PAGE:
The Museum Schloss Moyland presents “Nature as Art – Landscape in the 19th century in painting and photography“. On view through June 5, 2016.
Developments in 19th century art determined how landscape was perceived and depicted in painting and photography. Both the quick oil sketch and the photograph made it possible to capture a spontaneous impression of nature with changing atmospheric conditions for the first time. In this, painting and photography were closely linked: While paintings took photographs as their starting point, the art of photography developed its own distinctive imagery and aesthetics within the traditions of painting and printmaking.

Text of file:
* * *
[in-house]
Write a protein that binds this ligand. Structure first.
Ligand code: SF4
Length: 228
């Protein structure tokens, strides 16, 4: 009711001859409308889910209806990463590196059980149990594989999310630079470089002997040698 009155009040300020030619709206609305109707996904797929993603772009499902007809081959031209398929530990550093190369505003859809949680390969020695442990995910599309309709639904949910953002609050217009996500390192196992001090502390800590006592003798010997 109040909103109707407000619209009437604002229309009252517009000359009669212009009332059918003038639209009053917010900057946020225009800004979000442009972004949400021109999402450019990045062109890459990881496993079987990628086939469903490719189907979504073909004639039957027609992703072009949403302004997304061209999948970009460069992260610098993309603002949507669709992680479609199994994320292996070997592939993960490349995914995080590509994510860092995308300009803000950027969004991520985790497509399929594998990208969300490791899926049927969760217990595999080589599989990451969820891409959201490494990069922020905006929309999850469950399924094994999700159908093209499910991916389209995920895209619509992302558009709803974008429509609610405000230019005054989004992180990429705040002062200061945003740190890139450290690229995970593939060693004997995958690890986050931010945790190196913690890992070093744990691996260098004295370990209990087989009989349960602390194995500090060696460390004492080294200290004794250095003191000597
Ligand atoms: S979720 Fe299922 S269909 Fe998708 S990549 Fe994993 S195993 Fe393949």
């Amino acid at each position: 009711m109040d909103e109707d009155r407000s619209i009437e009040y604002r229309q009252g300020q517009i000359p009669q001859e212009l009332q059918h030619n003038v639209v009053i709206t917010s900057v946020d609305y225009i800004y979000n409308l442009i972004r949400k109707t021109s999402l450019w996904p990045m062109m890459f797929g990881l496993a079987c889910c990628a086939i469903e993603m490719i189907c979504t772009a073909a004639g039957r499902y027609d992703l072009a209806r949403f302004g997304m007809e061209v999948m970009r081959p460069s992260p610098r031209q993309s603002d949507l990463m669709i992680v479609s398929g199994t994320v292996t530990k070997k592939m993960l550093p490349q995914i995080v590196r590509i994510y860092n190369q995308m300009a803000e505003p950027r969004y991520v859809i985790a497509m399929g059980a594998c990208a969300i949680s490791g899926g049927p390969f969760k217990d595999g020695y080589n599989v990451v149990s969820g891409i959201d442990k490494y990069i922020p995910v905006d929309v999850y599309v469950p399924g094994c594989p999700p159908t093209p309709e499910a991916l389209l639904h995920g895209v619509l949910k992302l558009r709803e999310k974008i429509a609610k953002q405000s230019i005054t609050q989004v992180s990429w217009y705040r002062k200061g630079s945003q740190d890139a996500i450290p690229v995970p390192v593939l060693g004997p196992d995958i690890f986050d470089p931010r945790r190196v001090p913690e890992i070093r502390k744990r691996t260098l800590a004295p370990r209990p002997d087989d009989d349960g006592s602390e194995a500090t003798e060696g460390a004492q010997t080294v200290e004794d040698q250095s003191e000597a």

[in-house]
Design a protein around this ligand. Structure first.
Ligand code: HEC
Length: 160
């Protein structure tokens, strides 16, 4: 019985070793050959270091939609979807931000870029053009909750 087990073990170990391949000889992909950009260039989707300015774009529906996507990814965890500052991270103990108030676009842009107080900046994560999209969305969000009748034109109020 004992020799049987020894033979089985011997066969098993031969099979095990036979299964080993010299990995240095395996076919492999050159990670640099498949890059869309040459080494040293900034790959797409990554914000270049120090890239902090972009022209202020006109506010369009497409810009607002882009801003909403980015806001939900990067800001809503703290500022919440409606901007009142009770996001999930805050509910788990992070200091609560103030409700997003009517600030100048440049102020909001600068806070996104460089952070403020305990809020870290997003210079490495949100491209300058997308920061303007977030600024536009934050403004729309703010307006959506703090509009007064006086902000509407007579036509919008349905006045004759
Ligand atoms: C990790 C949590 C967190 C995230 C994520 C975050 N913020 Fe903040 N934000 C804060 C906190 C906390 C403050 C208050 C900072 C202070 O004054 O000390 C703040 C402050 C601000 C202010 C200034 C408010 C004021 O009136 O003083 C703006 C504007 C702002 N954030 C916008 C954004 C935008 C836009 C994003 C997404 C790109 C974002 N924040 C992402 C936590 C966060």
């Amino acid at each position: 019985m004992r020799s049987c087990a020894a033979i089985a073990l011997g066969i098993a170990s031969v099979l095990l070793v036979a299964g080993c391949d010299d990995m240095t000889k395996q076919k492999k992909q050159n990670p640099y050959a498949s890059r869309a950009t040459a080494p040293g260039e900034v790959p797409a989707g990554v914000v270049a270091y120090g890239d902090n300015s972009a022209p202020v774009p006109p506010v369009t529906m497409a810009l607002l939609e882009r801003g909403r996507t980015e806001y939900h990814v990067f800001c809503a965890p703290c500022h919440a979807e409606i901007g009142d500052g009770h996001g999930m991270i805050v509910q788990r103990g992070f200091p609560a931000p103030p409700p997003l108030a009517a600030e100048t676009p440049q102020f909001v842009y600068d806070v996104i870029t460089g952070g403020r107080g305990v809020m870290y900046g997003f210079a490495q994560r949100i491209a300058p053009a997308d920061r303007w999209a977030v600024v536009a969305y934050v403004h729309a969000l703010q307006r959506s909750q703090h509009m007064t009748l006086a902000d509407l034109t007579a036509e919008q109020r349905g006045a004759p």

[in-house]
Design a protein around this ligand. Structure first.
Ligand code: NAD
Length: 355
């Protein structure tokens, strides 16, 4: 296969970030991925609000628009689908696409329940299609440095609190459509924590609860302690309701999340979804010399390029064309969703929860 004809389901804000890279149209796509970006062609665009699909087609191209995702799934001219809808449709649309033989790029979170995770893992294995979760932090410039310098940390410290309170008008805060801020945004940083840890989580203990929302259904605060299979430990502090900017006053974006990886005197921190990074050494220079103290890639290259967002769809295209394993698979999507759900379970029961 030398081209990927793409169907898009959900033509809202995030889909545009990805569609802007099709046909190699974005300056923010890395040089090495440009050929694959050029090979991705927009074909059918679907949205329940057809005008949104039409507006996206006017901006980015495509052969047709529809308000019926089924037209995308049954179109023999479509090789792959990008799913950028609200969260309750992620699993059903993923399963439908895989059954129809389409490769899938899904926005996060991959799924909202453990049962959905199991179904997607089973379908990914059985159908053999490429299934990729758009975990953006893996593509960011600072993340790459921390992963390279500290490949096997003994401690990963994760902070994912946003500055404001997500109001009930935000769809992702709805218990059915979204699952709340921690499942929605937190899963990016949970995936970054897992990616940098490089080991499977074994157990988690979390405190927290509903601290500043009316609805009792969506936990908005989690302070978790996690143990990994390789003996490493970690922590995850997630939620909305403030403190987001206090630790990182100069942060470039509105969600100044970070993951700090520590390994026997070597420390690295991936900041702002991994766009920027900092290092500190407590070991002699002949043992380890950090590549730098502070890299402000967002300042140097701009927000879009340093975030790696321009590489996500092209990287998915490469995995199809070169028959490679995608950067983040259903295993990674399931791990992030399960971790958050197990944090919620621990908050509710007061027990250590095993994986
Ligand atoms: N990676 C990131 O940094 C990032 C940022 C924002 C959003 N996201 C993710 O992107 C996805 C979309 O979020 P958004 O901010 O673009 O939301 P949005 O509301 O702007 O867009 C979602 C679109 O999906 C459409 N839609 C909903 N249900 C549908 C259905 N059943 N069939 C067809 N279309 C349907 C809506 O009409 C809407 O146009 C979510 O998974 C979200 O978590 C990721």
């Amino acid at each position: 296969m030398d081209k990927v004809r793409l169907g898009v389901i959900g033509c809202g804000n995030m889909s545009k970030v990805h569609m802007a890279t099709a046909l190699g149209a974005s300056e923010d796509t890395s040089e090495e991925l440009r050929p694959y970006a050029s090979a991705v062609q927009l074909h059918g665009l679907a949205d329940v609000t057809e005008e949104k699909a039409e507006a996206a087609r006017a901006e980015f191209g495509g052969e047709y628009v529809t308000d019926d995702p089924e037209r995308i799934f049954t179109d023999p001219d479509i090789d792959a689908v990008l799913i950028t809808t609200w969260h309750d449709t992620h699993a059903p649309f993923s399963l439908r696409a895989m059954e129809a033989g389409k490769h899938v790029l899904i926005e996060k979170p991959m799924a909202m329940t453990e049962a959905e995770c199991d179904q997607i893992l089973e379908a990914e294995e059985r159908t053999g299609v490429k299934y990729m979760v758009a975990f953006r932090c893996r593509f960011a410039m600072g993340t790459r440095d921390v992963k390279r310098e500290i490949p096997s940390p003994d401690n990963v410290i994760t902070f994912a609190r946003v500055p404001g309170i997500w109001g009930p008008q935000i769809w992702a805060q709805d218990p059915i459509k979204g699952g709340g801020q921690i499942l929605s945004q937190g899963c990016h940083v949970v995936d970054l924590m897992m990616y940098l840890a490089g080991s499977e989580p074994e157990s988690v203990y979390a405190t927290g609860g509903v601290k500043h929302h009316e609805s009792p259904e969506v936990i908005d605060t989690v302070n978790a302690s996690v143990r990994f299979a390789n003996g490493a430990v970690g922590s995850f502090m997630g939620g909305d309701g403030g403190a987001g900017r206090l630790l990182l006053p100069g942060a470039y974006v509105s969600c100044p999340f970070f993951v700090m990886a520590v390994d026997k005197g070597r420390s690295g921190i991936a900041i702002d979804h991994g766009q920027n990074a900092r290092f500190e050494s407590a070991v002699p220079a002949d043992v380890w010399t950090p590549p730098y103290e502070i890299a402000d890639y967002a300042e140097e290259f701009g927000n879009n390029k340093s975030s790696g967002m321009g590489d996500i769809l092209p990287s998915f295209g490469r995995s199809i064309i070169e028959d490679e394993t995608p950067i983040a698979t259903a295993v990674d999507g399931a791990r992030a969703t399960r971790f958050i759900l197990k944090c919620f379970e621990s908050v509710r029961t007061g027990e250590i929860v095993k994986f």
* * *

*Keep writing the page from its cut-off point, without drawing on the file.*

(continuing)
The newly ignited enthusiasm for local scenes of nature is reflected in the choice of motifs: Scenes of forest and meadow as well as Alpine and coastal regions, all observed first hand on discovery tours, gradually displaced landscapes composed according to traditional aspects and viewpoints. Starting in the centres of landscape painting Dresden, Munich and Barbizon, various artistic trends developed that were based on very different approaches to representing nature faithfully.
Using typical examples from Germany and France, the exhibition illustrates this spectrum of how art and nature were conceived around 1900. The exhibits are taken from the collections of the Christoph Heilmann Stiftung at the Lenbachhaus München and the Münchner Stadtmuseum.
Please find more information at the Museum Schloss Moyland